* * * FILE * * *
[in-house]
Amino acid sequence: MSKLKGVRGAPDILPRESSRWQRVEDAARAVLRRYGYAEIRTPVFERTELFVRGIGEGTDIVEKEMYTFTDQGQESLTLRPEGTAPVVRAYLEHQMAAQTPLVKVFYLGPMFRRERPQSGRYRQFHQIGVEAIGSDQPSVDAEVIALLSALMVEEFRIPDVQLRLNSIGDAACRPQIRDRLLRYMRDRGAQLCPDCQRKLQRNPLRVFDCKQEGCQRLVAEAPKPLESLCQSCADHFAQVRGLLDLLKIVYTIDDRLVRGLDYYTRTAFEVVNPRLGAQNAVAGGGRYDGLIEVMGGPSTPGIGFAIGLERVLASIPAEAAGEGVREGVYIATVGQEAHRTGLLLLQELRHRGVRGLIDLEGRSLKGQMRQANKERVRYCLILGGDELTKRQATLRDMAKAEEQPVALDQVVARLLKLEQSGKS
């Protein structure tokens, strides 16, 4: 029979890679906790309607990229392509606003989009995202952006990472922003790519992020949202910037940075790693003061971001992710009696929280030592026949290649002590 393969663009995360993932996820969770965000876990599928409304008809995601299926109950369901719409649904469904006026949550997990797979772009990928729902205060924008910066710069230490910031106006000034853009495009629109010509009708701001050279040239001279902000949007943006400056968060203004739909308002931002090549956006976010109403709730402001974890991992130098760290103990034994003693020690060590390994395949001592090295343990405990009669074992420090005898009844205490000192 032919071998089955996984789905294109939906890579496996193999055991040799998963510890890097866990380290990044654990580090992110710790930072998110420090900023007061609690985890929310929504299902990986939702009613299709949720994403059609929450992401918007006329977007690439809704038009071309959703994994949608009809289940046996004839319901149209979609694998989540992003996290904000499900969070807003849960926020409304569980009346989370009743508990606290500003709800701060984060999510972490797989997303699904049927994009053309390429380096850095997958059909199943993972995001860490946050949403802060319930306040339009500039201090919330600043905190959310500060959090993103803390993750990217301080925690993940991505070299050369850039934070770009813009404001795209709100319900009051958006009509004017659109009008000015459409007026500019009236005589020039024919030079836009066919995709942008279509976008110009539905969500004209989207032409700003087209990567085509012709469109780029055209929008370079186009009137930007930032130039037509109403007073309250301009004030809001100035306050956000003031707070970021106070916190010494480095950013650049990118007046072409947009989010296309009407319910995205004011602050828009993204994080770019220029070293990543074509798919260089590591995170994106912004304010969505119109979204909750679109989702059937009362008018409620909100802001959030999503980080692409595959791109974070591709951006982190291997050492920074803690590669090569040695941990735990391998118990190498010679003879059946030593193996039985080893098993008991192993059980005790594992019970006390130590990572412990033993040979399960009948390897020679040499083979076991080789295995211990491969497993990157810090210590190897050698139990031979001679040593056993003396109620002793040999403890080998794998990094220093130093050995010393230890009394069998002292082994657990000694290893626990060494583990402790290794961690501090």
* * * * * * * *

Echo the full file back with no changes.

[in-house]
Amino acid sequence: MSKLKGVRGAPDILPRESSRWQRVEDAARAVLRRYGYAEIRTPVFERTELFVRGIGEGTDIVEKEMYTFTDQGQESLTLRPEGTAPVVRAYLEHQMAAQTPLVKVFYLGPMFRRERPQSGRYRQFHQIGVEAIGSDQPSVDAEVIALLSALMVEEFRIPDVQLRLNSIGDAACRPQIRDRLLRYMRDRGAQLCPDCQRKLQRNPLRVFDCKQEGCQRLVAEAPKPLESLCQSCADHFAQVRGLLDLLKIVYTIDDRLVRGLDYYTRTAFEVVNPRLGAQNAVAGGGRYDGLIEVMGGPSTPGIGFAIGLERVLASIPAEAAGEGVREGVYIATVGQEAHRTGLLLLQELRHRGVRGLIDLEGRSLKGQMRQANKERVRYCLILGGDELTKRQATLRDMAKAEEQPVALDQVVARLLKLEQSGKS
């Protein structure tokens, strides 16, 4: 029979890679906790309607990229392509606003989009995202952006990472922003790519992020949202910037940075790693003061971001992710009696929280030592026949290649002590 393969663009995360993932996820969770965000876990599928409304008809995601299926109950369901719409649904469904006026949550997990797979772009990928729902205060924008910066710069230490910031106006000034853009495009629109010509009708701001050279040239001279902000949007943006400056968060203004739909308002931002090549956006976010109403709730402001974890991992130098760290103990034994003693020690060590390994395949001592090295343990405990009669074992420090005898009844205490000192 032919071998089955996984789905294109939906890579496996193999055991040799998963510890890097866990380290990044654990580090992110710790930072998110420090900023007061609690985890929310929504299902990986939702009613299709949720994403059609929450992401918007006329977007690439809704038009071309959703994994949608009809289940046996004839319901149209979609694998989540992003996290904000499900969070807003849960926020409304569980009346989370009743508990606290500003709800701060984060999510972490797989997303699904049927994009053309390429380096850095997958059909199943993972995001860490946050949403802060319930306040339009500039201090919330600043905190959310500060959090993103803390993750990217301080925690993940991505070299050369850039934070770009813009404001795209709100319900009051958006009509004017659109009008000015459409007026500019009236005589020039024919030079836009066919995709942008279509976008110009539905969500004209989207032409700003087209990567085509012709469109780029055209929008370079186009009137930007930032130039037509109403007073309250301009004030809001100035306050956000003031707070970021106070916190010494480095950013650049990118007046072409947009989010296309009407319910995205004011602050828009993204994080770019220029070293990543074509798919260089590591995170994106912004304010969505119109979204909750679109989702059937009362008018409620909100802001959030999503980080692409595959791109974070591709951006982190291997050492920074803690590669090569040695941990735990391998118990190498010679003879059946030593193996039985080893098993008991192993059980005790594992019970006390130590990572412990033993040979399960009948390897020679040499083979076991080789295995211990491969497993990157810090210590190897050698139990031979001679040593056993003396109620002793040999403890080998794998990094220093130093050995010393230890009394069998002292082994657990000694290893626990060494583990402790290794961690501090």